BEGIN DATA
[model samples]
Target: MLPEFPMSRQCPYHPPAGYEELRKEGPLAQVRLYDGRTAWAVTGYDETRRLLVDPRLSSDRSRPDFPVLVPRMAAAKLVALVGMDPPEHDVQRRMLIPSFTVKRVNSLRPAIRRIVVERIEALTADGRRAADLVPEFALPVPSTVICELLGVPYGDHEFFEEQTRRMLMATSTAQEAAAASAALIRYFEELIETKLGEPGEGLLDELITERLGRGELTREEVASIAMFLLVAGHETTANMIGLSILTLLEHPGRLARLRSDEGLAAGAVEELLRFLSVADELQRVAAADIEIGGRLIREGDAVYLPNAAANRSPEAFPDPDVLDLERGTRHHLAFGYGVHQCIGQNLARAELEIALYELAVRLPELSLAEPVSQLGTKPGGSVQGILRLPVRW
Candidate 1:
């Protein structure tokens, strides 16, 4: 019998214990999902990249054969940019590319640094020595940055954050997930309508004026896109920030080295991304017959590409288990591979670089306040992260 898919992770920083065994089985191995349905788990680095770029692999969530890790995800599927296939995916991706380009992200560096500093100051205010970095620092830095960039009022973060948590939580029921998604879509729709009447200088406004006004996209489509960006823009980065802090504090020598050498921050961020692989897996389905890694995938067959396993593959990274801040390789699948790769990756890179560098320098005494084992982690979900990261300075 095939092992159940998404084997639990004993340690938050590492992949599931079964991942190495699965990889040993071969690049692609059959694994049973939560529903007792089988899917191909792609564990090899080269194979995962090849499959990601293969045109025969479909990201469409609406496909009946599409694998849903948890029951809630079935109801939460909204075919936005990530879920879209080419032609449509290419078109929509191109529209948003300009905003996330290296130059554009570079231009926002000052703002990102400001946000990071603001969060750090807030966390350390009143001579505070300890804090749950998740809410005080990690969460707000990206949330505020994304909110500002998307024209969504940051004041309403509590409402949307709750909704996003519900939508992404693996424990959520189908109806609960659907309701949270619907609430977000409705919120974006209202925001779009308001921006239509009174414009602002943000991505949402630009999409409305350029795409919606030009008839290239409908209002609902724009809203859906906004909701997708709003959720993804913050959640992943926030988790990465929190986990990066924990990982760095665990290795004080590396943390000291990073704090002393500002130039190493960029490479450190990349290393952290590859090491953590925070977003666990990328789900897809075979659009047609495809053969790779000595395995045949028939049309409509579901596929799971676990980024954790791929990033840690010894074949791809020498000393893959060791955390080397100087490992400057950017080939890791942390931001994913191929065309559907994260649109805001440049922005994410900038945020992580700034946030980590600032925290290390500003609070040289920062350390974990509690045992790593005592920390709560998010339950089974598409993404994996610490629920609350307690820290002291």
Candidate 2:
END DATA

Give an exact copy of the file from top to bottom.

[model samples]
Target: MLPEFPMSRQCPYHPPAGYEELRKEGPLAQVRLYDGRTAWAVTGYDETRRLLVDPRLSSDRSRPDFPVLVPRMAAAKLVALVGMDPPEHDVQRRMLIPSFTVKRVNSLRPAIRRIVVERIEALTADGRRAADLVPEFALPVPSTVICELLGVPYGDHEFFEEQTRRMLMATSTAQEAAAASAALIRYFEELIETKLGEPGEGLLDELITERLGRGELTREEVASIAMFLLVAGHETTANMIGLSILTLLEHPGRLARLRSDEGLAAGAVEELLRFLSVADELQRVAAADIEIGGRLIREGDAVYLPNAAANRSPEAFPDPDVLDLERGTRHHLAFGYGVHQCIGQNLARAELEIALYELAVRLPELSLAEPVSQLGTKPGGSVQGILRLPVRW
Candidate 1:
């Protein structure tokens, strides 16, 4: 019998214990999902990249054969940019590319640094020595940055954050997930309508004026896109920030080295991304017959590409288990591979670089306040992260 898919992770920083065994089985191995349905788990680095770029692999969530890790995800599927296939995916991706380009992200560096500093100051205010970095620092830095960039009022973060948590939580029921998604879509729709009447200088406004006004996209489509960006823009980065802090504090020598050498921050961020692989897996389905890694995938067959396993593959990274801040390789699948790769990756890179560098320098005494084992982690979900990261300075 095939092992159940998404084997639990004993340690938050590492992949599931079964991942190495699965990889040993071969690049692609059959694994049973939560529903007792089988899917191909792609564990090899080269194979995962090849499959990601293969045109025969479909990201469409609406496909009946599409694998849903948890029951809630079935109801939460909204075919936005990530879920879209080419032609449509290419078109929509191109529209948003300009905003996330290296130059554009570079231009926002000052703002990102400001946000990071603001969060750090807030966390350390009143001579505070300890804090749950998740809410005080990690969460707000990206949330505020994304909110500002998307024209969504940051004041309403509590409402949307709750909704996003519900939508992404693996424990959520189908109806609960659907309701949270619907609430977000409705919120974006209202925001779009308001921006239509009174414009602002943000991505949402630009999409409305350029795409919606030009008839290239409908209002609902724009809203859906906004909701997708709003959720993804913050959640992943926030988790990465929190986990990066924990990982760095665990290795004080590396943390000291990073704090002393500002130039190493960029490479450190990349290393952290590859090491953590925070977003666990990328789900897809075979659009047609495809053969790779000595395995045949028939049309409509579901596929799971676990980024954790791929990033840690010894074949791809020498000393893959060791955390080397100087490992400057950017080939890791942390931001994913191929065309559907994260649109805001440049922005994410900038945020992580700034946030980590600032925290290390500003609070040289920062350390974990509690045992790593005592920390709560998010339950089974598409993404994996610490629920609350307690820290002291």
Candidate 2: